This is why the Diyanet organization acts in the same way as the Mustafa University and the Shiite regime's Islamic Culture and Communication Organization in terms of political-religious propaganda abroad. Erdogan and Khamenei are acting in the same way in financing and expanding religious institutions worldwide.

They have formed a network of mosques and religious centers that serve as venues for the gathering of religious followers who are residents of other countries. Using their religious networks these governments promote their political and ideological agendas.

It is important to pay attention to the organizational structure, funding, and programs of these centers. Turkey's state mosques are managed in the US by an organization called "Dyianet Center of America" with its headquarters in Maryland and its 29 mosques scattered all over the United States.

The Dyianet Center of America website mentions these mosques under the title of its branches. As of 2018, Diyanet was operating in 36 countries with 61 branches. 

All the Turks who attend the mosques linked to Diyanet Center of America did not immigrate to America from Turkey, but some of them immigrated to the United States from countries such as Georgia, Russia, Ukraine, Kazakhstan, and Azerbaijan.

What brings these people together is their religious orientation and cultural background. Using the tendency of these Turkish-speaking peoples to worship and congregate, the Turkish government subjects them to political propaganda and buys their loyalty.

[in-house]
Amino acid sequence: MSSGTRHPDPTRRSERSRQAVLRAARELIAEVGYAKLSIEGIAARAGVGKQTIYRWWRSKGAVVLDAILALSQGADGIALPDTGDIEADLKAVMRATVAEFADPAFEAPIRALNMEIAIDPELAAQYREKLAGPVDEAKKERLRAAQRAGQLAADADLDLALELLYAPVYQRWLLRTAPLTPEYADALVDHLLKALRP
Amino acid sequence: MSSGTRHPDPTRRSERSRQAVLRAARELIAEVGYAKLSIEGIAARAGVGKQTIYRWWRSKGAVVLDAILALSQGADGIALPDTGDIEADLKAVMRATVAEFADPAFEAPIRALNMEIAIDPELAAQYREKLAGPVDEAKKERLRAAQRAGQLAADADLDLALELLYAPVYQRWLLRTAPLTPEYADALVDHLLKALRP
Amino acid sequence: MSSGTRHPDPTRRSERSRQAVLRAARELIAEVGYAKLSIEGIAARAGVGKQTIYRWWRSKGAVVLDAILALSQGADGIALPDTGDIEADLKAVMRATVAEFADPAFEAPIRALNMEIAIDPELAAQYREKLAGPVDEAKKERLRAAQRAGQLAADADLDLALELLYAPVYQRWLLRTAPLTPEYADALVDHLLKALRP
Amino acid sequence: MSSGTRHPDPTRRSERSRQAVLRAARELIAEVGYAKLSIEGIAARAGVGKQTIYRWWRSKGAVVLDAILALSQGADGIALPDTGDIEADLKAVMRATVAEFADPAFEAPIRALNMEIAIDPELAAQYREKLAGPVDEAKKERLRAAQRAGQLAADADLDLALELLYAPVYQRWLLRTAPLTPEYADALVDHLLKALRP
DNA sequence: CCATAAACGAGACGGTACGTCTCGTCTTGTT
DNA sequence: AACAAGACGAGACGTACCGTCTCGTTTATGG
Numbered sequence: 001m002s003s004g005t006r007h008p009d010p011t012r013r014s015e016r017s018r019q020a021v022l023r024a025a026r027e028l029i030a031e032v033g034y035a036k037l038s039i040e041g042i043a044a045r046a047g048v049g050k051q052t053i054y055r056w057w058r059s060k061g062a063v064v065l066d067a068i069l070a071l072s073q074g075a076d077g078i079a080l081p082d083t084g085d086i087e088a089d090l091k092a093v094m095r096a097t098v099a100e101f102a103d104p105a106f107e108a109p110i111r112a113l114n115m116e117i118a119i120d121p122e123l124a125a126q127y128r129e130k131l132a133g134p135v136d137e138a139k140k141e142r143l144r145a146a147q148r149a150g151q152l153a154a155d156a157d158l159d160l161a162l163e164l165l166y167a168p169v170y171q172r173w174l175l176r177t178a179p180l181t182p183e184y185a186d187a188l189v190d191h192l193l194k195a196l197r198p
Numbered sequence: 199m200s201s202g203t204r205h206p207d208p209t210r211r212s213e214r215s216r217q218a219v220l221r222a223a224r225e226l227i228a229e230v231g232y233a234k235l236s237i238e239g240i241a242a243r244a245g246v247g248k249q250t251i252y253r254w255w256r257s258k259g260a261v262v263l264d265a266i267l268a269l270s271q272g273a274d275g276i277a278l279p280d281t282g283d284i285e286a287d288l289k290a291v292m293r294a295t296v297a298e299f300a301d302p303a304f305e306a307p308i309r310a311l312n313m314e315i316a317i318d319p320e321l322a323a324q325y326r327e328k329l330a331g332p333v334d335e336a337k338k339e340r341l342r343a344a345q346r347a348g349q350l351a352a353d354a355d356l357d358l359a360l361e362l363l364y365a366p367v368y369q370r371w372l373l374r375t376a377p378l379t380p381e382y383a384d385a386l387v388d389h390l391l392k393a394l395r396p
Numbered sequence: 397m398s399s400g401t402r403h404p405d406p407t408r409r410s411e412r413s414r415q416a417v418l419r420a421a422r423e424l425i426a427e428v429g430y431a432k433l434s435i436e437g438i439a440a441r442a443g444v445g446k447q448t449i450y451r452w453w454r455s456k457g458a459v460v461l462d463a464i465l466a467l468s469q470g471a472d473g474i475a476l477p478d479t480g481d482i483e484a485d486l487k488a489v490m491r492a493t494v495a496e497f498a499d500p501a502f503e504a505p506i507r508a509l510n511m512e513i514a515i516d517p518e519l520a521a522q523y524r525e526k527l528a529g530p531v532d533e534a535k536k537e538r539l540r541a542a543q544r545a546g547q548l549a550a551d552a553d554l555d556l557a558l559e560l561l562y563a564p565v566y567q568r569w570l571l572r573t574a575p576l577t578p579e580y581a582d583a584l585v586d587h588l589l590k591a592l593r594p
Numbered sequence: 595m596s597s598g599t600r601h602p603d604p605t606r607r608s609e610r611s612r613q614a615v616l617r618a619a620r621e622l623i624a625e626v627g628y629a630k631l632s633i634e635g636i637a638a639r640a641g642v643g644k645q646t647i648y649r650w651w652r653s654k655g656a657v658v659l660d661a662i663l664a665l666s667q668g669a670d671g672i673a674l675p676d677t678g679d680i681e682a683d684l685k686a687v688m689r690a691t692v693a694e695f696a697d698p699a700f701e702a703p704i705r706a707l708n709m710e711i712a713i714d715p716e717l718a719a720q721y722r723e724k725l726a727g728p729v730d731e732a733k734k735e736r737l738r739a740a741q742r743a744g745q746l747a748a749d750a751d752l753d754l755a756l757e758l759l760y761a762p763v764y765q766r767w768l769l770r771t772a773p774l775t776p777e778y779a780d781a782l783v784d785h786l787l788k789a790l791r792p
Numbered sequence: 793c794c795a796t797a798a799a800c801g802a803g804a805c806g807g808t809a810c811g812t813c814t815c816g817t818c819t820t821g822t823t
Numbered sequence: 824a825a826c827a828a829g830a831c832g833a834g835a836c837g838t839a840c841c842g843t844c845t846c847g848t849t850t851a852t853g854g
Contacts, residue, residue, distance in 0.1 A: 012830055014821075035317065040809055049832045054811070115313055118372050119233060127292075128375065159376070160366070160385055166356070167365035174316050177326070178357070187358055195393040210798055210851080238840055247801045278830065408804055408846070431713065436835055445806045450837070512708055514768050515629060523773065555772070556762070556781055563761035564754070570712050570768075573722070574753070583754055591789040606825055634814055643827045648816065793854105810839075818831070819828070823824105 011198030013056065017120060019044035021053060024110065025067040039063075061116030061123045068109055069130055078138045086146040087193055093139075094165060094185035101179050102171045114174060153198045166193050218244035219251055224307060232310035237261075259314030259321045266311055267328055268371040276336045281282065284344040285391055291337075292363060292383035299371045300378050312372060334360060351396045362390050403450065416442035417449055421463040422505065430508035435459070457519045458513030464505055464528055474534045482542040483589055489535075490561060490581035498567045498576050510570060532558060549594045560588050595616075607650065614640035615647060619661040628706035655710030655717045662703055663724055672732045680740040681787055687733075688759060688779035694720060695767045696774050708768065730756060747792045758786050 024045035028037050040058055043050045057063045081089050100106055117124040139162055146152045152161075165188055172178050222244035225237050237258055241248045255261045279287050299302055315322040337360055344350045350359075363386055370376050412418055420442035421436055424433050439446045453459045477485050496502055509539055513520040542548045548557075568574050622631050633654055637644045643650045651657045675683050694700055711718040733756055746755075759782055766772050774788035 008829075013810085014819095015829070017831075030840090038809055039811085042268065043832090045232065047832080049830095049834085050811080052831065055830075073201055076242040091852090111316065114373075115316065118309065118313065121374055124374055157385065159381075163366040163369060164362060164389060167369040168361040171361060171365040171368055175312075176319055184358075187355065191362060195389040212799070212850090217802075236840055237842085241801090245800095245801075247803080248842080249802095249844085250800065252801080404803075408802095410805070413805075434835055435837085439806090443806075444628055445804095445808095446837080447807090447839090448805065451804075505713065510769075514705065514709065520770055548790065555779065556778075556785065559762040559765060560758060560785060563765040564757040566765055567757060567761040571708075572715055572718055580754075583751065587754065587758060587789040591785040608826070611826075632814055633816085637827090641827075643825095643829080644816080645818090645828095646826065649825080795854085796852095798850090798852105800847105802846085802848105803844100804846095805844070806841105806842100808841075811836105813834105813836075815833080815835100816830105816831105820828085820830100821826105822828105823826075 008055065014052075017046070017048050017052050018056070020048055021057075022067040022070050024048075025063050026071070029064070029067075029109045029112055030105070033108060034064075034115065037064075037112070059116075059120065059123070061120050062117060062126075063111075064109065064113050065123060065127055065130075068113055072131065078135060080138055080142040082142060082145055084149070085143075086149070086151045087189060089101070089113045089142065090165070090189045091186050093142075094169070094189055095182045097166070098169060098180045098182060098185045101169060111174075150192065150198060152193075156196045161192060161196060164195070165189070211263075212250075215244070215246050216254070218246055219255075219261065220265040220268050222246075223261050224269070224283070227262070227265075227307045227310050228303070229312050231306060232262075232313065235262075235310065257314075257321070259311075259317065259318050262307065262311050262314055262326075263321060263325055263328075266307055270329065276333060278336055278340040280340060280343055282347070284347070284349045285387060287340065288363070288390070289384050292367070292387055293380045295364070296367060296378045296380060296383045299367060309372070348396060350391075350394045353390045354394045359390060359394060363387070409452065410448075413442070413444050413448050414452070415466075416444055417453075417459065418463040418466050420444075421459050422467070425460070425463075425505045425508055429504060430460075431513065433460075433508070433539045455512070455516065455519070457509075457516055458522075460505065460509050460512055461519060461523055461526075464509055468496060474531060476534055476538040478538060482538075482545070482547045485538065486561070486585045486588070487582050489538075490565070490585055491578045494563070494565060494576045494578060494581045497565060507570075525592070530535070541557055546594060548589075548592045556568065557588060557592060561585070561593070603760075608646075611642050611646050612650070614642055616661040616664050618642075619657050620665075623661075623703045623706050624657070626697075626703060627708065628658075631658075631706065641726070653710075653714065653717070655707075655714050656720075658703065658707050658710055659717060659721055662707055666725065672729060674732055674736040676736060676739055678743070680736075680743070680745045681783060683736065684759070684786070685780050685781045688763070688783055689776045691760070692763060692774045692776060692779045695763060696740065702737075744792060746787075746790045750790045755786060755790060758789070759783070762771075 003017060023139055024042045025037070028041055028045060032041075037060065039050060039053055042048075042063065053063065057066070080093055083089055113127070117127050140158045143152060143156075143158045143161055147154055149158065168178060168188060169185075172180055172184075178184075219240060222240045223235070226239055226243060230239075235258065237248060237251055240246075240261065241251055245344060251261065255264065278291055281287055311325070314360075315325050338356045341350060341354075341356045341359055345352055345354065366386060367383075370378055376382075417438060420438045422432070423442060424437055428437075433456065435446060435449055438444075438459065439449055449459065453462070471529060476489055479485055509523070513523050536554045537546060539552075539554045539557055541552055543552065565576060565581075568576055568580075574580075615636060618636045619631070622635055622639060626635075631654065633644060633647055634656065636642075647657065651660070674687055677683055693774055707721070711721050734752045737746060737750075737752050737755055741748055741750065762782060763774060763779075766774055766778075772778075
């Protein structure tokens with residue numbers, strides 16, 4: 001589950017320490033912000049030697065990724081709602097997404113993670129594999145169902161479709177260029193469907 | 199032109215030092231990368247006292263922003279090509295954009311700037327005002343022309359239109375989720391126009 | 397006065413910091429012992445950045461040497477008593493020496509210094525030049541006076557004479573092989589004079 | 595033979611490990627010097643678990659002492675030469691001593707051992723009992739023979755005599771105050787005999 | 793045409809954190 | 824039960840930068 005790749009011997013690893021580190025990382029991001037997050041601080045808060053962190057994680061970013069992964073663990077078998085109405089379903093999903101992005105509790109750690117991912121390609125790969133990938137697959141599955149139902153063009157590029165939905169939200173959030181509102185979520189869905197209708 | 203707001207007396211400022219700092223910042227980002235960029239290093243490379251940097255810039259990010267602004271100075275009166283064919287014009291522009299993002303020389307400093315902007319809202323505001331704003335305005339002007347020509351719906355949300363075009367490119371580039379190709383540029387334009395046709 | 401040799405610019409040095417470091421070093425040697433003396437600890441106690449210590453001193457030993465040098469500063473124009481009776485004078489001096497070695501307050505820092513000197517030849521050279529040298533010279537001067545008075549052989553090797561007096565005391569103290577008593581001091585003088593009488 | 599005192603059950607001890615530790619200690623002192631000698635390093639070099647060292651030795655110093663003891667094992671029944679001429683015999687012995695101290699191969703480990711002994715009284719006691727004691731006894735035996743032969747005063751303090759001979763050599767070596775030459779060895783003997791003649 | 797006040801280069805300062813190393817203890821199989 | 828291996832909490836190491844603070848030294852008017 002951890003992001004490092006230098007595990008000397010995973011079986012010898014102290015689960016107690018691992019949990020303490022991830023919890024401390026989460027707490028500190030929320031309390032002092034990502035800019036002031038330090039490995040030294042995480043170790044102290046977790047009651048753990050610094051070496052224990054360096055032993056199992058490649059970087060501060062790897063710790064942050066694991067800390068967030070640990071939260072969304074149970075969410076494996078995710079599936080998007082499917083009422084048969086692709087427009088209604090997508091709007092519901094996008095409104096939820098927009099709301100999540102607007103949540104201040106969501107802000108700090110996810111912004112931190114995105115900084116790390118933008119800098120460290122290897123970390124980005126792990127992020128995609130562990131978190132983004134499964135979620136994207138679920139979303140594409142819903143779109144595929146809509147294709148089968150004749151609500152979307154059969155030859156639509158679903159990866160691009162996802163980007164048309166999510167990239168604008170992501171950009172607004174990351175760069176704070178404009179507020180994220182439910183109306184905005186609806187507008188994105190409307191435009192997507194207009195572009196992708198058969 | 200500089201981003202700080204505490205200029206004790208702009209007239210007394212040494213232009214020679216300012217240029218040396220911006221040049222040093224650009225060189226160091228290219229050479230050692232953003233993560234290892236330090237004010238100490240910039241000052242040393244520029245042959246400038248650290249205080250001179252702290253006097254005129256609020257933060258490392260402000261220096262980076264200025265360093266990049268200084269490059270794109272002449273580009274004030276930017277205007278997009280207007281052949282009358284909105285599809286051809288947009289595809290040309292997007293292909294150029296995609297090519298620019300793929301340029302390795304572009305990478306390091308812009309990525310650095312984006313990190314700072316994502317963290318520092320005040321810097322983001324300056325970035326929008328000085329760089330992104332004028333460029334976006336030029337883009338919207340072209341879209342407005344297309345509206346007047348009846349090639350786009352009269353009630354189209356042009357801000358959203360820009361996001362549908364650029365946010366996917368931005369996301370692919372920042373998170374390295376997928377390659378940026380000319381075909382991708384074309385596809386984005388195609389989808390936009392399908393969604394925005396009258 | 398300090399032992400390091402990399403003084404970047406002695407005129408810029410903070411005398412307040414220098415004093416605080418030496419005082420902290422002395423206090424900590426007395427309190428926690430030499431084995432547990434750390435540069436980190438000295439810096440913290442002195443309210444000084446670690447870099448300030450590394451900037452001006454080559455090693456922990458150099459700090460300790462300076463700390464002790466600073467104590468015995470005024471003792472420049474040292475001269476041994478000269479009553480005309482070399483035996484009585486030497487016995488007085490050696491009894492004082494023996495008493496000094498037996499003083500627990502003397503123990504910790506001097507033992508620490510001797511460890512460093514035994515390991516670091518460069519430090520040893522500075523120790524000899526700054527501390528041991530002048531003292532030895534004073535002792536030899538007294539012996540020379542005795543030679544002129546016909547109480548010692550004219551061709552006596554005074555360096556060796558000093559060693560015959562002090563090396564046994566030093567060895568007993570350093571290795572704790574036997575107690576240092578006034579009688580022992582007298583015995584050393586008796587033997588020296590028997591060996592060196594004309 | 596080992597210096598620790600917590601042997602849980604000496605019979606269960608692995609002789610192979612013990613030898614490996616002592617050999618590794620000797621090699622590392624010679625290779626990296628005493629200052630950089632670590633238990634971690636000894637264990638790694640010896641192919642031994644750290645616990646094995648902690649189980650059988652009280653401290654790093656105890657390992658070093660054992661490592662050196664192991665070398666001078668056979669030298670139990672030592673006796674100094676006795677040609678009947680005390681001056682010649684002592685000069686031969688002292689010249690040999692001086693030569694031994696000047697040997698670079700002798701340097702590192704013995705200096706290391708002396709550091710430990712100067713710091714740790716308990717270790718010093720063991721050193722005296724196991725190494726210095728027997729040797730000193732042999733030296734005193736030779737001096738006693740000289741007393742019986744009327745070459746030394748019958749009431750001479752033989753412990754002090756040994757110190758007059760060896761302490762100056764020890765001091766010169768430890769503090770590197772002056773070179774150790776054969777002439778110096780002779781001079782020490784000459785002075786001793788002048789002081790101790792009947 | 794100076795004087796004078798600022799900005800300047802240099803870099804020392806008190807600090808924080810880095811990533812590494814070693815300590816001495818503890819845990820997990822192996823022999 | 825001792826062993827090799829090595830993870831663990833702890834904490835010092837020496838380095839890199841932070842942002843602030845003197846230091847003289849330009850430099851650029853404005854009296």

The budget for the construction, maintenance, and programs of thousands of mosques affiliated with the Diyanet Center of America and European countries is provided by the Turkish government; missionaries and managers of these centers are sent by the government and receive government salaries, and all programs are approved, funded, and implemented by the Turkish government.

Any program that does not fit into the government’s political Islam agenda and the expansion of its influence in the world (especially in Western countries where there is freedom of religion) is not tolerated and immediately canceled in these centers and mosques. 

The Diyanet- and the government which manages it- see Islam as one of the features of the identity of Turkish citizens living abroad. The macro-political strategy of Erdogan and Khamenei regimes is to rebuild Ottoman and Iranian empires with a cover of Islamism based on a mixture of religious beliefs and national-historical pride.

Therefore, Diyanet is “committed to protecting the Muslims’ religious and cultural roots in the face of assimilationist policies.” Based on this statement, Turkish diaspora’s integration into host societies is something that should never happen.